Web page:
“I’ll eat the $5 toll for the airport,” he said, but I gave that same amount right back to him as a tip.

Because really how could I not? If there was ever a case of dual responsibility for that proverbial wrong turn, this was surely it.”

And now, just for fun, that very song and a typical couple from the good old class of ’74:

generic prom goers 70s

First, Do No Harm

you think you can't be too thin ehLast Monday I made some remarks about myself as I looked in the mirror, especially about the way the buttons were straining on the flannel shirt I was wearing, one of my son’s old Extra Smalls. I mentioned this last to my husband, who was just passing through the room at the time. “Get a breast reduction!” he joked, which seemed weird, since he sees me every day looking like Homer Simpson in his underpants; I figured he should know that the problems was further down, at my stomach and hips.

Posting all this prompted a blogger I had never heard from to connect with me. She is committed to discussing anorexia and the damage anorexia does to young women.

I hadn’t read more than one paragraph on her site before I was wincing over my silly and, let me admit, somewhat mendacious whine. Yes my upper arms sport swags on their undersides nowadays – I call them ‘window treatments’ – but the fact is I’m 5-foot-6 inches tall and I weight 128 pounds so really I’m not anybody’s idea of fat.

I know that.

And isn’t talking as if I were, even for the sake of getting a laugh, could be downright damaging to the world-view of younger women, who are already being bombarded by message about what the one right body size is. Is damaging.

Besides writing about fashion this woman makes it her mission to warn young woman away from blogs that encourage them to essentially starve themselves.

What I know for sure is how faintly aghast I feel every year at this time, when I watch the parade of young women in my town promenade to the buses that will take them to their proms. They are gorgeous in their youthful beauty, every one of them, as are their prom gowns, strapless or off the shoulder or cut away at the midriff to show a smooth wedge of flesh.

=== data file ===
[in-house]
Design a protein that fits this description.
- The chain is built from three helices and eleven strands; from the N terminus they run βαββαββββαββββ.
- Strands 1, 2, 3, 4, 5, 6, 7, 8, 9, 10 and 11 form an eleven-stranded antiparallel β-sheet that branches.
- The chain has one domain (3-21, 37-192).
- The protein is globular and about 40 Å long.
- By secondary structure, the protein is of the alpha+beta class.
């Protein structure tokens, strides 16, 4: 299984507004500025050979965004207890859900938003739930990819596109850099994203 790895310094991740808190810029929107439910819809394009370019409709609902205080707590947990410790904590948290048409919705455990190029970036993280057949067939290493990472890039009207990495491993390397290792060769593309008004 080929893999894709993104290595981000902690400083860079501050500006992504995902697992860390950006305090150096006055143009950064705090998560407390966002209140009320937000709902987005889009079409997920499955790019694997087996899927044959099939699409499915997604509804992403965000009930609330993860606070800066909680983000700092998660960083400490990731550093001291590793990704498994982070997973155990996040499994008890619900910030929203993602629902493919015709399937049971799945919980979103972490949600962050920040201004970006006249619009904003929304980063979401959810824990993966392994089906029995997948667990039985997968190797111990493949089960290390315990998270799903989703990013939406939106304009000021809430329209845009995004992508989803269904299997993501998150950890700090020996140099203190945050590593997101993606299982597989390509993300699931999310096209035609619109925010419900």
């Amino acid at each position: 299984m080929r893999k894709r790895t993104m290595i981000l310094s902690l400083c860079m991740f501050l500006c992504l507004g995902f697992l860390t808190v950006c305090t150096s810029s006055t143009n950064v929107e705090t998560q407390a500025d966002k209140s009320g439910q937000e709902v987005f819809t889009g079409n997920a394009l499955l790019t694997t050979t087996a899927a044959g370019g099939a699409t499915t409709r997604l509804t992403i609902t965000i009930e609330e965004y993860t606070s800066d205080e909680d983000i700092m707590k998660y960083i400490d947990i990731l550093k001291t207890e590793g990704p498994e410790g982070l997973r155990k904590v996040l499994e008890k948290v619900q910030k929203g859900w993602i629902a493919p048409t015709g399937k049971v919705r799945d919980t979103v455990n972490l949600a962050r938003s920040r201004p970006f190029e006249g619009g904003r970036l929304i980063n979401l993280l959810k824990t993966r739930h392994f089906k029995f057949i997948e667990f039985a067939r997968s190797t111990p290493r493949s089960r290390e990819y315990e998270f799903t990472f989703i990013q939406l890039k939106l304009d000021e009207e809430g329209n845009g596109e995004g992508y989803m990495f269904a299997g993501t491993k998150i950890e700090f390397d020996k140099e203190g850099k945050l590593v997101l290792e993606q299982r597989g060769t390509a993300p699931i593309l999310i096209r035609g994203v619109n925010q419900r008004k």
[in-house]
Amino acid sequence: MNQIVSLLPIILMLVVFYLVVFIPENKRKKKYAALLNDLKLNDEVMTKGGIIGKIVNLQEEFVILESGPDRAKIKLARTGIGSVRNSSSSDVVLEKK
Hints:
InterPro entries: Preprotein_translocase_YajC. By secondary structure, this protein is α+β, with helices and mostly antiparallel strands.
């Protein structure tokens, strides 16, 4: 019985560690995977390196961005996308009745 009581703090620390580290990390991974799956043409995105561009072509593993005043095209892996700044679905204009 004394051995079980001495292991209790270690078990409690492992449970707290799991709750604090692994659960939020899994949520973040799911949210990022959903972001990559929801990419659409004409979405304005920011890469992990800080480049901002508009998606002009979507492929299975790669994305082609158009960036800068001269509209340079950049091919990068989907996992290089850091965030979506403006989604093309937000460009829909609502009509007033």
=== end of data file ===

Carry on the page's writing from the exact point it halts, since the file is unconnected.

But the thin ones are just tooth inn… I practiced massage for six years and studied a lot of Anatomy. I know what a scapula looks like so well I could draw the bony 3-D puzzle of that area wearing a blindfold. I have worked on my share of them. Ye I have never see the shape and edges of female scapulas so luridly protruding as on Prom Night these last few years.

Here are the bones I refer to as the person faces away, back to the ‘camera’

Posterior scapula

You can obviously feel these bones when you work on a person in massage.  You understand their placement and function. But unless you’re working on a cadaver you don’t see them in such a three-dimensional fashion, all notched and knobby.

I can say more about this tomorrow and point us to the blogger’s posts but for now let’s just tale a step back and think about these young women walking around with so little to protect them. Poor things, so undefended! Poor, poor things, and doubtless hungry too!

modeling anorexia